Women of all color and ethnicities, some dressed in their work uniforms, others holding colorful flags, banners, posters and armed with musical instruments assembled in Paris on Monday afternoon for a protest march against the deteriorating condition of women amidst the ongoing pandemic on International Women’s Day.  

An estimated 30,000 women and men participated in the march, which several organizations and unions used the opportunity to protest and highlight gender atrocities, sexual abuse at workplace, and demand equity in rights and work payment for women. 

Around 40 international, local organizations and left-wing, ecology political parties, came together under the collective “feminist strike” to denounce pay inequality and exploitation. 

“The pay gap between men and women persists at 25%… It is as if every day from 3:40 pm, women worked for free… We will be on strike along with women all over the world to refuse to pay the price of the crisis with our jobs, our salaries, our bodies,” a statement from the collective said. 

The Federal Union of State Trade Unions (UFSE) and General Confederation of Labor – (CGT) held demonstrations in front of the ministry of culture, ministry of labor, inside the Paris metro stations holding large banners in support of the “invisible, precarious women workers.”

In France, women represent 80% of part-time workers, 60% of contract workers, 80% of single-parent families and are often the first victims of precariousness and adverse poverty precipitated by the Covid-19 pandemic, a statement signed by various trade and workers unions said. 

“Lockdown, work from home, closure of schools and nurseries, have contributed to penalizing women with negative consequences on their careers, physical health, risking them to increased instances of domestic violence and a weakening of access to care,” said the statement.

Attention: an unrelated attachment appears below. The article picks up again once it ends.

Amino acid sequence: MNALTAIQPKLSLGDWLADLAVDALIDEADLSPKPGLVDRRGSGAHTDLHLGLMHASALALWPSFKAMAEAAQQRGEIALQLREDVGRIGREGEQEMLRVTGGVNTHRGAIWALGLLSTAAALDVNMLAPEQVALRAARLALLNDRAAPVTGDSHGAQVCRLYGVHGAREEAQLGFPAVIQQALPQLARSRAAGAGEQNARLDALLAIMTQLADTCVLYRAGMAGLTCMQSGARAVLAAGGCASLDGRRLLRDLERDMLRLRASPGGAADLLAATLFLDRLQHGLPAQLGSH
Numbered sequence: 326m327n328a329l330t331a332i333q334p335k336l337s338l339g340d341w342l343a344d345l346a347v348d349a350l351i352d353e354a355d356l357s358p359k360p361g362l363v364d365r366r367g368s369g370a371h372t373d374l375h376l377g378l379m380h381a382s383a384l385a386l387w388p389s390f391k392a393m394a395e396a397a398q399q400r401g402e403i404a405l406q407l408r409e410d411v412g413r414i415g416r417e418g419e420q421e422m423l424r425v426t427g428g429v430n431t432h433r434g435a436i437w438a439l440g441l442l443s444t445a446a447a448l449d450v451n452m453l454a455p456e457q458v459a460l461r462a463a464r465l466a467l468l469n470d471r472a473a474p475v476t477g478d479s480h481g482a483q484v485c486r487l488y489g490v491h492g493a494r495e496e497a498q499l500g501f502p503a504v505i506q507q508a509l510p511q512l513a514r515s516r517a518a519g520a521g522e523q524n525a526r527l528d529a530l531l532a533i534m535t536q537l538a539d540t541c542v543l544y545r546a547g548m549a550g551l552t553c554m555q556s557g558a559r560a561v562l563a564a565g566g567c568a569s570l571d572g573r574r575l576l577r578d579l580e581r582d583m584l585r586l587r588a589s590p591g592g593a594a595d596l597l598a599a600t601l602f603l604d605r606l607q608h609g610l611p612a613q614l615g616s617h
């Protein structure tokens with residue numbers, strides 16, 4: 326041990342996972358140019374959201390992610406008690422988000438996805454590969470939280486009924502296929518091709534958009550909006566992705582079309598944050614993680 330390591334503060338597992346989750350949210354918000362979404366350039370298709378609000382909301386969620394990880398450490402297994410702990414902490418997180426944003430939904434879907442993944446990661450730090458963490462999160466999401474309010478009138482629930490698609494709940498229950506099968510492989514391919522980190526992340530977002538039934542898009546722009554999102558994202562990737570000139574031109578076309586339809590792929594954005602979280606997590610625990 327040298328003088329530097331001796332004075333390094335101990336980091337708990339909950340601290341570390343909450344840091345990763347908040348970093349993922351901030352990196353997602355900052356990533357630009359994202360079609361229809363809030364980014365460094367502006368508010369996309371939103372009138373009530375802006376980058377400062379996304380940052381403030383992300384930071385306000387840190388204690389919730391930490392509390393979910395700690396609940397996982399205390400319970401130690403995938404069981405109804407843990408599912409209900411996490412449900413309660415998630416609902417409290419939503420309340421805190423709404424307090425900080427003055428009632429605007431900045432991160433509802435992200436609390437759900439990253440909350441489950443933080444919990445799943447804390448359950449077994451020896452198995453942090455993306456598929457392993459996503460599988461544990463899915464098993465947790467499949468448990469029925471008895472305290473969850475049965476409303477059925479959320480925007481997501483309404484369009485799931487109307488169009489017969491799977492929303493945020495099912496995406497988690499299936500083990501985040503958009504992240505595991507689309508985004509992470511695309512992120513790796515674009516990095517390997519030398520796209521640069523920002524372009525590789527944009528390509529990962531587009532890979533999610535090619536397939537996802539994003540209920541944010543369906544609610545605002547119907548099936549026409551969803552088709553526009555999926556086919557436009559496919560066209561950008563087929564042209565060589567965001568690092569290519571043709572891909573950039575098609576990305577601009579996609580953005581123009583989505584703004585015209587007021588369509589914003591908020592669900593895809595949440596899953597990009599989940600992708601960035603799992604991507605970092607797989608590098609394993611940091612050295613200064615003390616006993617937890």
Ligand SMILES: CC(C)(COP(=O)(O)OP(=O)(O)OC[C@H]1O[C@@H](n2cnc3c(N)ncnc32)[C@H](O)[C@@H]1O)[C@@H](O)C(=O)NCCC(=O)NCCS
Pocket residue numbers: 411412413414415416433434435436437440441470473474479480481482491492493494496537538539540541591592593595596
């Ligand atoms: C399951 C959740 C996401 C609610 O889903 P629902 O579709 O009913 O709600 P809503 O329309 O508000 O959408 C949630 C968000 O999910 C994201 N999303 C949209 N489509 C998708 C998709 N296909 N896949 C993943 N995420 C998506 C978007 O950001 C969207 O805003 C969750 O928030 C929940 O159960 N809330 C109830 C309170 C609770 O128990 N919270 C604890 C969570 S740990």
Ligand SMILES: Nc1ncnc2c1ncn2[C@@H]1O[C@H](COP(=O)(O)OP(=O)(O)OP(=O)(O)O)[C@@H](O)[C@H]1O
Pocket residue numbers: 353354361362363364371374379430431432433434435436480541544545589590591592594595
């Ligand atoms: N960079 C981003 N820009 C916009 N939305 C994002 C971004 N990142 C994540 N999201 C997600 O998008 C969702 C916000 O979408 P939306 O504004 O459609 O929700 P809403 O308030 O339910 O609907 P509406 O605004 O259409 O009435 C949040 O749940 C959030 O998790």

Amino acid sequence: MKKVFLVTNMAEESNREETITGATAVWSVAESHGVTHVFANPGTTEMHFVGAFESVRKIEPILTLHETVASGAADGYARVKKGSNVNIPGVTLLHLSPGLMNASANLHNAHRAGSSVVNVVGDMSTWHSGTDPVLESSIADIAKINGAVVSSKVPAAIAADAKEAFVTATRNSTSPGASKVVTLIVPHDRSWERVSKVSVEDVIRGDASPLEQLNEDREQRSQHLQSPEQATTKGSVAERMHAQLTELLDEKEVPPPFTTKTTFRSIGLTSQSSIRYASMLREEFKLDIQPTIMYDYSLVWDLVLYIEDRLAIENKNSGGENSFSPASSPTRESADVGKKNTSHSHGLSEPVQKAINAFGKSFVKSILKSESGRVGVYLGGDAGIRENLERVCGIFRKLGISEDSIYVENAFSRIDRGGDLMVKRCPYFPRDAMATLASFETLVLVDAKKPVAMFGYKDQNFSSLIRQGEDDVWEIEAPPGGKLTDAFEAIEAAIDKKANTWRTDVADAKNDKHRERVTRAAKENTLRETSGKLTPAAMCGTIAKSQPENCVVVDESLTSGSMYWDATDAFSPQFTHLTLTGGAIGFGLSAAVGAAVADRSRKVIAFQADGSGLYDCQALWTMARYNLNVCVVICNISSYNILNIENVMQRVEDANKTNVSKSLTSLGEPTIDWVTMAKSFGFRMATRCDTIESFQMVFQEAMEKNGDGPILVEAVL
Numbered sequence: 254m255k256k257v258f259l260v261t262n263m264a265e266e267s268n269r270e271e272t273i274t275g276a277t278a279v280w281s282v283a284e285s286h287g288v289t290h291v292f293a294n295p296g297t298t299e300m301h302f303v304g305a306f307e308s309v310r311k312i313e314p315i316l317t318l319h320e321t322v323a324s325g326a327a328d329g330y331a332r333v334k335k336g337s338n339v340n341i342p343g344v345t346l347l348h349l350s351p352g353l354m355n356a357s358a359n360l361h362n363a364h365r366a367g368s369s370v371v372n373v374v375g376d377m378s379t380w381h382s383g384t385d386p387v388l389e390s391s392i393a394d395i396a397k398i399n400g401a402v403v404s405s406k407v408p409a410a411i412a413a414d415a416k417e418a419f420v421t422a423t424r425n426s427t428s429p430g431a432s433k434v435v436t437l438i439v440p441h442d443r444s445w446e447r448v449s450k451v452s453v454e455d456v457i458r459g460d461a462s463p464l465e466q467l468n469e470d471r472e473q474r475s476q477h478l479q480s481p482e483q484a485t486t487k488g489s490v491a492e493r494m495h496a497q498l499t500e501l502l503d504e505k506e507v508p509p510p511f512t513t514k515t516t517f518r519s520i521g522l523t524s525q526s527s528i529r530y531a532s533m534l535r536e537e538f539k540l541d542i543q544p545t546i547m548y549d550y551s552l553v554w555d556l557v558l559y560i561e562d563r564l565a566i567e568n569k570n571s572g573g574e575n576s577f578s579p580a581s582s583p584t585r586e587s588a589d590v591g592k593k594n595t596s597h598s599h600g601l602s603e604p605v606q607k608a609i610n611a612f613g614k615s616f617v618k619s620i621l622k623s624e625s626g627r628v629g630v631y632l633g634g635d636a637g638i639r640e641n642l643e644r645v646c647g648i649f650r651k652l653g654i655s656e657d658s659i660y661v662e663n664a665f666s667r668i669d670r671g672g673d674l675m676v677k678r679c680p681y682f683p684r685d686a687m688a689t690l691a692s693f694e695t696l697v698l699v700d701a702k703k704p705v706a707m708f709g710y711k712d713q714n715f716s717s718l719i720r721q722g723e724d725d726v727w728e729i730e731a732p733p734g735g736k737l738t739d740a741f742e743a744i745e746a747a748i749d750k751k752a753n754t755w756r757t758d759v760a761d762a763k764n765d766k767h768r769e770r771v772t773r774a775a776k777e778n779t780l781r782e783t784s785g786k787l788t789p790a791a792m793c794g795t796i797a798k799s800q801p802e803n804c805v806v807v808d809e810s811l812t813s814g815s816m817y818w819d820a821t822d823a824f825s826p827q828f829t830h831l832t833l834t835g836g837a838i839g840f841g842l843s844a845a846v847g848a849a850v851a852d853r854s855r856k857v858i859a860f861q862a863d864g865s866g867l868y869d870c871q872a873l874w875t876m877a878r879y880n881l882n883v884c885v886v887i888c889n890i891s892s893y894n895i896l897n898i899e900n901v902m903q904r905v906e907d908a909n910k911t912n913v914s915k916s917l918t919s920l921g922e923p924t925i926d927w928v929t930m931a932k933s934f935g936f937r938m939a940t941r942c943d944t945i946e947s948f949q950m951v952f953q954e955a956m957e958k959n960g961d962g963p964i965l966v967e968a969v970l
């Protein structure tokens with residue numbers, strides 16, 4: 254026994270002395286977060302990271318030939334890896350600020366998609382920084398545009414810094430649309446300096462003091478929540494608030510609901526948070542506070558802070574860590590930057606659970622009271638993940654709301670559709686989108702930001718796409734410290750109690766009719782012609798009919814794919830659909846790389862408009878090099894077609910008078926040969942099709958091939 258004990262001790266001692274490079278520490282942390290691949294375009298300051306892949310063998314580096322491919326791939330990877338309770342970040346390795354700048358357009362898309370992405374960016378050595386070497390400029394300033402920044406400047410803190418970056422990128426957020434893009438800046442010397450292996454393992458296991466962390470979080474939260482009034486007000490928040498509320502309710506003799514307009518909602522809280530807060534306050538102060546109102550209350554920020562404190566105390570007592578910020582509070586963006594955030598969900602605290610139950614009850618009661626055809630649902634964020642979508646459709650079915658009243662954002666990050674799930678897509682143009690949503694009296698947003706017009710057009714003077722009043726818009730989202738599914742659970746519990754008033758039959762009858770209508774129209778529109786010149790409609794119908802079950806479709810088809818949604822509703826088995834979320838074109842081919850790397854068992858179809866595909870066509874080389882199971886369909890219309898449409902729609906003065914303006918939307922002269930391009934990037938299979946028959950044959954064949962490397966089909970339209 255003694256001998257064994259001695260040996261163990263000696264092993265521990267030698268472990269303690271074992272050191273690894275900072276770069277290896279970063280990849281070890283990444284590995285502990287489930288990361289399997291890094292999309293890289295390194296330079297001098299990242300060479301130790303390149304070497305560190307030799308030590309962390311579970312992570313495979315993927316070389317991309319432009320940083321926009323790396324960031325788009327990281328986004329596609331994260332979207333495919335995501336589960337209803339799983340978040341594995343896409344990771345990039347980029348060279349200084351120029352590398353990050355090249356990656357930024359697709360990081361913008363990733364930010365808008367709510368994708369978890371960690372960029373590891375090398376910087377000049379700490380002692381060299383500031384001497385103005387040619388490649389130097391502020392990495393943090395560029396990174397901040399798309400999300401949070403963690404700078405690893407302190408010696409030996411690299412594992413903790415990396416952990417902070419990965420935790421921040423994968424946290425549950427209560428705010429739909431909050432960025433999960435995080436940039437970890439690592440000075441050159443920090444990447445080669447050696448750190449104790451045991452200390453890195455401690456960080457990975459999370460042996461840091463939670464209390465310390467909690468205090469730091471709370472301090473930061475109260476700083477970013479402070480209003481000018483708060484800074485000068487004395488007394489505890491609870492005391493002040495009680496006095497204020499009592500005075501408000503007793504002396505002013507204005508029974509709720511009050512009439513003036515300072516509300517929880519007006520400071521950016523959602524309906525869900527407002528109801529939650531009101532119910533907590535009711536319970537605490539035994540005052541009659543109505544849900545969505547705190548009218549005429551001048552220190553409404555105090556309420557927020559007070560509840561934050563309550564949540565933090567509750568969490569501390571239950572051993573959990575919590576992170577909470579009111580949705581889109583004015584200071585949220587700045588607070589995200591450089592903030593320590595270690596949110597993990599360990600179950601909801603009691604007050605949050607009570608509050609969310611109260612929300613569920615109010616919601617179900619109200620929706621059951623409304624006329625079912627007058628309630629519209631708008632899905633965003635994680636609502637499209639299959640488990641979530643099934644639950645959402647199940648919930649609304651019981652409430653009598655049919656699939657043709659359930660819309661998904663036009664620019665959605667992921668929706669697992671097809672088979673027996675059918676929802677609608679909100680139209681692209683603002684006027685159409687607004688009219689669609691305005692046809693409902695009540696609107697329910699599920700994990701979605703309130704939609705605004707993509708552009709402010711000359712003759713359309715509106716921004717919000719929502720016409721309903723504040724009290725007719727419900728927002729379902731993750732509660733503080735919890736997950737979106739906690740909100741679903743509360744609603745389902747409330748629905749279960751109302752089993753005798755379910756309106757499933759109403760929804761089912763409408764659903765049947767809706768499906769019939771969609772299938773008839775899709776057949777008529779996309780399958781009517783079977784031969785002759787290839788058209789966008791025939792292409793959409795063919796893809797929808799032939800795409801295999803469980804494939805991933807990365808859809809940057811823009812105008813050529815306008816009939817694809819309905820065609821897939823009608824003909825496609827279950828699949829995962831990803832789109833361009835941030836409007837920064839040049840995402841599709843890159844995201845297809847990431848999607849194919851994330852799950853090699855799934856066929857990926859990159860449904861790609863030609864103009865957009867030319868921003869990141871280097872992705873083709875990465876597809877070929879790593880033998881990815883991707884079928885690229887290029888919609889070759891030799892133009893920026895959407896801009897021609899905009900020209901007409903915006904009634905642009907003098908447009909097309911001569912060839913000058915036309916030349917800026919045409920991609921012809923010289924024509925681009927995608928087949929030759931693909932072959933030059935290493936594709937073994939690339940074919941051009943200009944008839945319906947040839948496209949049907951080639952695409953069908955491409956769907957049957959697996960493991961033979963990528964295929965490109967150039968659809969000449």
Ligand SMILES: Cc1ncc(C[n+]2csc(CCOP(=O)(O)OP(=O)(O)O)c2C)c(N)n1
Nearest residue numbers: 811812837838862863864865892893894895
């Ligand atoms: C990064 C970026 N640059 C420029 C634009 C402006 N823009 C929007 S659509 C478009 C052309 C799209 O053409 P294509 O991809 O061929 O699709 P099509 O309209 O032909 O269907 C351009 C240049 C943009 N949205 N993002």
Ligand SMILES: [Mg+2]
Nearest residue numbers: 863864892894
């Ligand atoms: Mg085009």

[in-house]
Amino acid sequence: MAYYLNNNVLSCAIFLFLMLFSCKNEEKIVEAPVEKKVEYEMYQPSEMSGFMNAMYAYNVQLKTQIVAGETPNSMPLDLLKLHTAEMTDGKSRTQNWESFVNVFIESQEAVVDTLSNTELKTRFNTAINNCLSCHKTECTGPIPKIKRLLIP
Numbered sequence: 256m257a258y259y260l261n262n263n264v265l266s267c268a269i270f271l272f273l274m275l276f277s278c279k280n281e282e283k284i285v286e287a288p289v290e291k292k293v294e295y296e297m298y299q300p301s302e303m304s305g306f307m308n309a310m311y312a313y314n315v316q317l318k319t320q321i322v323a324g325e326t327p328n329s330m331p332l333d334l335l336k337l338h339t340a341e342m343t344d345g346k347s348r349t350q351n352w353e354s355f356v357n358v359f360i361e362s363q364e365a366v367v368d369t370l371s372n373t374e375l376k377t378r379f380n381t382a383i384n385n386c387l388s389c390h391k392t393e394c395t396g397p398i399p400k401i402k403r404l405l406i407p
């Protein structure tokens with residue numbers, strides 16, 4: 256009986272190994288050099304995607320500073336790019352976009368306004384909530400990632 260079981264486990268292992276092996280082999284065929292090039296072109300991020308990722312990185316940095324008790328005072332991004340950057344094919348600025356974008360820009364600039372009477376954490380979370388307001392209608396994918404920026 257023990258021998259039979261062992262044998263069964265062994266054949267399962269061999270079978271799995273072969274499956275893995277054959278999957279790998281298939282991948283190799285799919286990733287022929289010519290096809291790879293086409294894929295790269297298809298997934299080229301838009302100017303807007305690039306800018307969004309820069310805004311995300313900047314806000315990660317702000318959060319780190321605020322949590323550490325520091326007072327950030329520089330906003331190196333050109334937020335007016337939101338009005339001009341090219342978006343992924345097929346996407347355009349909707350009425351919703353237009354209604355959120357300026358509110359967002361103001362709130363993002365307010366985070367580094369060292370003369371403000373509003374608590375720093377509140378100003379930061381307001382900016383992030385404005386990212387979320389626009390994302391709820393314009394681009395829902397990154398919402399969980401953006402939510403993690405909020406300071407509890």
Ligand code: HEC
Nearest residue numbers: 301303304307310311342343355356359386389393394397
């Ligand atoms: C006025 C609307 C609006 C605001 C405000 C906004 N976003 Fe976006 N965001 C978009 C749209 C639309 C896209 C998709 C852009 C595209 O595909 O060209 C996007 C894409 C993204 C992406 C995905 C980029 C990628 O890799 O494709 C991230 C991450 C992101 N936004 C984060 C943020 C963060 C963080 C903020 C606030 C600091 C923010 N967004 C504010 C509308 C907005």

They demanded the government to enforce a law guaranteeing “equal pay for work of equal value” in the private and public sectors, upgrading wages in predominantly female occupations and strengthening public services for women. 

They have also asked employers to widen the scope of convention No. 190 and recommendation No. 206 of the International Labor Organization (ILO) which recognizes elimination of violence and harassment at work places to protect work of victims of domestic violence. 

The National Union of Midwives, a key cornerstone of safeguarding women’s health, continued its strike for the fourth time this year. 

The government has failed to meet the demands of 23,000 midwives including granting medical profession status to their work in hospitals, increasing salaries and number of staff. 

The French government has increasingly come under criticism for failing to set an example to protect women’s rights. 

The most visible blunder committed by the President Emmanuel Macron administration is allowing Interior minister Gerald Darmanin who is under investigation for rape, to head the ministry. Women demonstrators held large signs of “get out Darmanin” and posters showing him behind the bars in the march. 

Elisabeth Moreno, minister delegate in charge of Gender Equality, who is the only minister of color in the current cabinet, criticized Macron for lacking efforts in gender representation. 

During a TV interview hosted by RTL – Le Figaro – LCI Grand Jury on Sunday, Moreno disclosed she told Macron that he was “not setting an example’” when it came to gender parity. Amongst the 13 close members of the cabinet, the deputy chief of staff Cecile Geneste is the only woman. 

Although women are leading important ministries like defense, culture, environment and labor in the current government, top cabinet jobs are still held by men.

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